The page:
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Love Can Circulate With No Fear

Updated: Jun 27


Queen Anne neighborhood, Seattle WA

If we really pay attention, love and compassion can be the single most important thing that can help us get through a hard time. That could also mean getting through the year that challenged every part of our well-being. From physical and mental health, economic hardship, challenged relationships, to even our entertainment and safety. We are all one in this, and so I turn to the notion of love, because it sounds so simple and pure just as the gifts that our planet gives us each day. When you have love, then all the little moments you experience each day such as a good meal, a positive encounter, or walks through the park, can bring moments of joy. The contagion we need here is more joy, and less worry or fear.

When it comes to love in the context of teaching and learning, I ask that we each open our hearts and learn to look inward, as well as the current moment we are in. We are all anxious, but you can break through the uncertainty when you know that all is love, and all is well. Connect to the wisdom of your heart, and support yourself just as much as we all need to support one another. The patience is wearing thin for many of us, and the love and compassion you had yesterday might feel like anger today. Even when you feel that not everyone reciprocates the love to you or is showing it to others, you should continue to show it anyway. It could be as simple as that extra attention you provide to your student, your co-worker or even your employee. Everything we say and do really matters now, and the awareness that comes with it is heightened. I witnessed this first hand in the extra compassion I had to give each of my students this semester, whose life and school year abruptly shifted with no real answers nor advice from those who were supposed to be there to protect and serve. Yet, we find ourselves in a moment where our world and the leaders that let us down need our compassion too.


If mindfulness, love and compassion is something you want to think more deeply about, but not sure where to start, I recommend the book How to Love, by Zen Master Thich Nhat Hanh. His notes on love and happiness are so simple, and it teaches you to remember to love yourself and start with recognizing it, then nourishing it. Bringing more joy into your surroundings can also help to nourish many parts of your life. Below are a few excerpts I found relatable to what I mean about spreading love.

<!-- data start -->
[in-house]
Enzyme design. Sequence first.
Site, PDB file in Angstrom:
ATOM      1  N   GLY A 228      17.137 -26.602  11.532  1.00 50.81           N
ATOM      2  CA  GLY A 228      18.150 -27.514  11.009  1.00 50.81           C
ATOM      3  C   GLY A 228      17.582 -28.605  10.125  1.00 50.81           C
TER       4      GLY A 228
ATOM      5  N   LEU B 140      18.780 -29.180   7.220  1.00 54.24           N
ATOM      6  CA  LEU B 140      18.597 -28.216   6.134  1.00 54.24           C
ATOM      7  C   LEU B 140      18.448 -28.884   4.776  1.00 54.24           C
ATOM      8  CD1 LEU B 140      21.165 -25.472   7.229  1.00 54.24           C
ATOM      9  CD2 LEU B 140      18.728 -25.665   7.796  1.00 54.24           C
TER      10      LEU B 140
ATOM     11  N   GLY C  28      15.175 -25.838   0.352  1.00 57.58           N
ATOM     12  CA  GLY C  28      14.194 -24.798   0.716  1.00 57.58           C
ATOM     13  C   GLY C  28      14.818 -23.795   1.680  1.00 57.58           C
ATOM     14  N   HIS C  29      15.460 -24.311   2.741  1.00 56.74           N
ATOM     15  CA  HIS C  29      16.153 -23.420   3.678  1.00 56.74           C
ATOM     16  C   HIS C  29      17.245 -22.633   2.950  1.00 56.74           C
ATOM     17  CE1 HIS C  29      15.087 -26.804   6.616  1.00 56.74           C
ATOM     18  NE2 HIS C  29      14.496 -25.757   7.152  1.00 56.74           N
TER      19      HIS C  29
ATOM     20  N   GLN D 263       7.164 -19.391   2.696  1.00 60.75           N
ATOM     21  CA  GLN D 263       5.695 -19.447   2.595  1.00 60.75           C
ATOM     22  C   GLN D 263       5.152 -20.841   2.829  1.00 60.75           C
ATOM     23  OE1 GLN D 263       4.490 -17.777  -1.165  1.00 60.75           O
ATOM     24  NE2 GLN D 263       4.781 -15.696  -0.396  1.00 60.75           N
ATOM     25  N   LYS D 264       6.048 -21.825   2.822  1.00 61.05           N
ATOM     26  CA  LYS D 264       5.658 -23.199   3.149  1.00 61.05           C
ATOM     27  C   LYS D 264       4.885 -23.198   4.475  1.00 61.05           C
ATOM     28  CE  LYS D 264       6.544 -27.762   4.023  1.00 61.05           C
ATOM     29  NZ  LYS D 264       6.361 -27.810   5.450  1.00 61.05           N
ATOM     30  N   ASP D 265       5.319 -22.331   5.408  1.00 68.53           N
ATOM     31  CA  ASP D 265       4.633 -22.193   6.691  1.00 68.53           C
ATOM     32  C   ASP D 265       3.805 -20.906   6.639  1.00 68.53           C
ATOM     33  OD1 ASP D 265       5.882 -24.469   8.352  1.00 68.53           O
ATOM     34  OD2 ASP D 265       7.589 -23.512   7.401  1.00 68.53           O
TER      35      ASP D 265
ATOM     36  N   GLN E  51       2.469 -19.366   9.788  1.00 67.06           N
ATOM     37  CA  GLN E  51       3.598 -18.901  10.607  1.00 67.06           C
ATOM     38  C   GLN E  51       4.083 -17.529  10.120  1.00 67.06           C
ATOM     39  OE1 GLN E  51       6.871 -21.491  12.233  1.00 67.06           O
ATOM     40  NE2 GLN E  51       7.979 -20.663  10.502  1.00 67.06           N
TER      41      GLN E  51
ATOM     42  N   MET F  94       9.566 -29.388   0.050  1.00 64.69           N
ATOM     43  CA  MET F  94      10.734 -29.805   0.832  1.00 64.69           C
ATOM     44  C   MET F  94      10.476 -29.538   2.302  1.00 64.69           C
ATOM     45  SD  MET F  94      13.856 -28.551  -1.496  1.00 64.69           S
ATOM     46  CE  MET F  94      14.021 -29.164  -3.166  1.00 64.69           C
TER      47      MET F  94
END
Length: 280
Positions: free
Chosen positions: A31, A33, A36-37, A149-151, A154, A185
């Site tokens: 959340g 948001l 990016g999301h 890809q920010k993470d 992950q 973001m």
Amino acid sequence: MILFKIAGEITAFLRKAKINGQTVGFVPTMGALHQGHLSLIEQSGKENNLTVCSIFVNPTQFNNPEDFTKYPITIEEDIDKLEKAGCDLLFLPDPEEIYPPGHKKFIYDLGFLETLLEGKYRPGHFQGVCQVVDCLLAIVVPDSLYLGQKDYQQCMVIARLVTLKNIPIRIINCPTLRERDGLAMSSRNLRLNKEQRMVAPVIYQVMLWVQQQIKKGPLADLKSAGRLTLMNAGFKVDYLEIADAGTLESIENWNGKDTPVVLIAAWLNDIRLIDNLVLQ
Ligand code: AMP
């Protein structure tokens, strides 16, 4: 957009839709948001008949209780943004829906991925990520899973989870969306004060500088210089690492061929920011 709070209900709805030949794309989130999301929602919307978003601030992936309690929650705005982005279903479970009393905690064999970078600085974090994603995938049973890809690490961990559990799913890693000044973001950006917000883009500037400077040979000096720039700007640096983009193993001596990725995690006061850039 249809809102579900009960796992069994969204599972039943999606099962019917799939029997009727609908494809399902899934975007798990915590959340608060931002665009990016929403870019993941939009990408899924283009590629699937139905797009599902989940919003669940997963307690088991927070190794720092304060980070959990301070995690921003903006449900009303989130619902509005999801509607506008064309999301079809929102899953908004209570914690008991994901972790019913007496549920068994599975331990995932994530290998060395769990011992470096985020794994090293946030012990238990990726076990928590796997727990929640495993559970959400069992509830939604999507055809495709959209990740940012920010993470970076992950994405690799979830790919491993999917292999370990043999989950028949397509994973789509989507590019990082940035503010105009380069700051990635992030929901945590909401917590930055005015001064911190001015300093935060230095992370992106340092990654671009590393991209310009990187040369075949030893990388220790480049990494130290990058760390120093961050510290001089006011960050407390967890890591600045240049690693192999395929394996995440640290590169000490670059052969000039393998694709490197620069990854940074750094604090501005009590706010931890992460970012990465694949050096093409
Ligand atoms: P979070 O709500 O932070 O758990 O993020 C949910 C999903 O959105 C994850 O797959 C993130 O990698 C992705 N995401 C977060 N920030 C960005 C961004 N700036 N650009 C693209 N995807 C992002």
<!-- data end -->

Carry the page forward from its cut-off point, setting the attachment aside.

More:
Each of us can learn the art of nourishing happiness and love. Everything needs food to live, even love. If we don't know how to nourish our live, it withers. When we feed and support our own happiness, we are nourishing our ability to love. That's why to love means to learn the art of nourishing our happiness.


Understanding is the nature of love. Understanding someone's suffering is the best gift you can give another person. Understanding is love's other name. If you don't understand, you can't love.


Compassion is the capacity to understand the suffering in oneself and in the other person. If you understand you own suffering, you can help him to understand his suffering. Understanding suffering brings compassion and relief. You can transform your own suffering and help transform the suffering of the other person with the practice of mindfulness and looking deeply.


Why you know how to generate joy, it nourishes you and nourishes the other person. Your presence is an offering, like fresh air, or spring flowers, or the bright blue sky.




If we can still hold on to the feeling of love instead of fear and worry—we must also try to hold on to a life with purpose. If we come from a place of fear or anger, it won't feel human as time moves forward. When you start to forget or want to see love in action, take a look at the man waiting outside the nursing home holding a sign on his wedding anniversary when he wasn't able to visit his wife. It is the example of love that still exists through all the hardship, and the thing that can circulate through the air with no worry or angst.



Via Brain Pickings

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